"Unfortunately, Lance is not someone we should look up to," said David Chauner, a member of the U.S. Cycling Hall of Fame, a two-time U.S. Olympian, and the designer and organizer of the annual pro cycling race in Philadelphia. "He was a great cyclist, and he's done a lot for humanity. But the fact that he was engaged in a [doping] program like this - and actually leading the charge - is reprehensible."
The USADA said it expected cycling's governing body to take similar action, but the International Cycling Union (UCI) delayed a response, saying it first wanted a full explanation of the USADA decision.
The Amaury Sport Organization, which runs the Tour de France, and the International Olympic Committee said they would not react until hearing more from both the UCI and USADA. Armstrong won a bronze medal in the individual road time trial at the 2000 Sydney Olympics.
Travis T. Tygart, the USADA chief executive officer, said in a statement Friday that he had no choice but to prosecute Armstrong.
"Any time we have overwhelming proof of doping, our mandate is to initiate the case through the process and see it to conclusion, as was done in this case," Tygart said.
Armstrong, already a world-class cyclist, became famous world-wide after he was found to have stage-three testicular cancer in 1996. The tumors then spread to his abdomen, lungs, lymph nodes, and brain before surgery and chemotherapy left him cancer-free in 1997. He went on to create a foundation, Livestrong, that he says has raised more than $470 million to fight cancer.
Several of his foundation's sponsors have said they will continue to support its efforts despite the controversy.
"If I thought for one moment that by participating in USADA's process I could confront these allegations in a fair setting and - once and for all - put these charges to rest, I would jump at the chance," Armstrong said in a statement Thursday.
Armstrong, 40, is accused of using EPO, blood transfusions, testosterone, corticosteroids, and masking agents to improve his performances. He is also accused of encouraging others on his former team, U.S. Postal Service, to use the drugs and cover it up.
The USADA said in a statement that Armstrong could have contested its charges in an independent arbitration process but chose not to by the deadline Thursday night. Armstrong had challenged the USADA arbitration process in federal court, but the lawsuit was dismissed Monday in Austin, Texas.
So the USADA said it "was required under the applicable rules, including the World Anti-Doping Code under which [Armstrong] is accountable, to disqualify his competitive results and suspend him from all future competition."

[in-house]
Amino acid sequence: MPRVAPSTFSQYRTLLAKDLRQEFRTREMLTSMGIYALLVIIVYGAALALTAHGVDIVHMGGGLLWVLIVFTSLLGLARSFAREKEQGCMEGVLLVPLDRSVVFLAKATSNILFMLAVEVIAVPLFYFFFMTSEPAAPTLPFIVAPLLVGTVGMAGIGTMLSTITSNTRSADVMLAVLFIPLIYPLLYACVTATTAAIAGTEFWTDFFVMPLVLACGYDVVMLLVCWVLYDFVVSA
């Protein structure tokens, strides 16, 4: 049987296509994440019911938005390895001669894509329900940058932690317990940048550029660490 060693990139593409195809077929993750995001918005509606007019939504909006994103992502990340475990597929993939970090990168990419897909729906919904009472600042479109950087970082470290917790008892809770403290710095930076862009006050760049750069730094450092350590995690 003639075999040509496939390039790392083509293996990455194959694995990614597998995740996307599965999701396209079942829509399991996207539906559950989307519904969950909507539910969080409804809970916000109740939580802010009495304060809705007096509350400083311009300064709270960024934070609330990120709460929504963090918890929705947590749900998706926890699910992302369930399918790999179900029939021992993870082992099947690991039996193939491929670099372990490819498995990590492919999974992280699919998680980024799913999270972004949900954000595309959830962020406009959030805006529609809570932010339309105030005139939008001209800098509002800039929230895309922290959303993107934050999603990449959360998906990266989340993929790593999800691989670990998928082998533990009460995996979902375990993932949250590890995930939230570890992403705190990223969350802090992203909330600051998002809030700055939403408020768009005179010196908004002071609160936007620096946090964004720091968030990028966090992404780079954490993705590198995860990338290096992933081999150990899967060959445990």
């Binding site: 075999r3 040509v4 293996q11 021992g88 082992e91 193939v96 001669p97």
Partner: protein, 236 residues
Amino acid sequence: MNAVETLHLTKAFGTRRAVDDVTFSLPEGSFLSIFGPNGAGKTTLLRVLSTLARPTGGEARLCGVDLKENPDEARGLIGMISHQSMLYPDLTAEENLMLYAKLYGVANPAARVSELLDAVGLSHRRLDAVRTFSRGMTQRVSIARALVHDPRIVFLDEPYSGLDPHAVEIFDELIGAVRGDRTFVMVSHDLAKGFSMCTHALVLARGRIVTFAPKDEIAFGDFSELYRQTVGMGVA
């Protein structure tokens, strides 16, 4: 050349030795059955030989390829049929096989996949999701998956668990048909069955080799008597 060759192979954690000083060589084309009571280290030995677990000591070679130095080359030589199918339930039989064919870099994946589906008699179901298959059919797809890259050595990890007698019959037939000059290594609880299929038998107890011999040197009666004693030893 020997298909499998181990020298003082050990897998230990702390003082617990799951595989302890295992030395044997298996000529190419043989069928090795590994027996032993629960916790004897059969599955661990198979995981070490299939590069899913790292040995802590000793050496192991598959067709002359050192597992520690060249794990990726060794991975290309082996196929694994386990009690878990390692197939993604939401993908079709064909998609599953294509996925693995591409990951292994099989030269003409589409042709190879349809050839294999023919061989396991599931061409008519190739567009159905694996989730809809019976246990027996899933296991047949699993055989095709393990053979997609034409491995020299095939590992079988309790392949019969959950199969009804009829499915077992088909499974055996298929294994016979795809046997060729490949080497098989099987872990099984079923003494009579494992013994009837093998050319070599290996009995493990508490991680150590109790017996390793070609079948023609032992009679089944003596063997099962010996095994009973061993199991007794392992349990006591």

The USADA said that all the evidence it had collected against Armstrong would have been presented in an open proceeding for him to challenge had he gone to arbitration.
Former rival Filippo Simeoni of Italy said he was "perplexed, because someone like [Armstrong], with all the fame and popularity and millions of dollars he has, should fight to the end if he's innocent."
According to the USADA, the evidence against Armstrong arose from "disclosures made to USADA [in June] by more than a dozen witnesses who agreed to testify and provide evidence about their firsthand experience and/or knowledge of the doping activity of those involved in the conspiracy as well as analytical data."
Floyd Landis, a native of Lancaster County and Armstrong's former teammate who was stripped of the 2006 Tour de France title because of doping, sent cycling authorities e-mails in 2010 accusing Armstrong and U.S. Postal team officials of breaking doping rules.
On Friday in San Diego, Landis, in court answering charges of wire fraud for lying to financial donors about his own drug use, said, "I really don't know what the solution is for the sport of cycling. That's not my issue anymore."
Armstrong's longtime coach, Johan Bruyneel, came to his defense Friday and said he was the victim of an "unjust" legal case by the USADA.
"I'm disappointed for Lance and for cycling in general that things have reached a stage where Lance feels that he has had enough and is no longer willing to participate in USADA's campaign against him," Bruyneel wrote on his personal website.
Chauner said he remembered the 21-year-old Armstrong as a charismatic competitor with a great personality. Six years before he won his first Tour de France title, Armstrong endured the Manayunk Wall to capture Chauner's 1993 U.S. Pro Cycling Championship.
"He basically had all the talent in the world," Chauner said.
He said Philadelphia's annual cycling race will no longer use Armstrong's previous victory to promote the race. Of the last 14 Tour de France winners, nine have lost their titles because of doping, which has affected the way Chauner organizes his race.
"We've stayed away from trying to attract the top professionals in the last few years just because we don't want to be associated with what's been happening over in Europe," Chauner said.
Contact staff writer Matt Breen at 215-854-4550 or firstname.lastname@example.org
This article contains information from the Associated Press and Bloomberg News.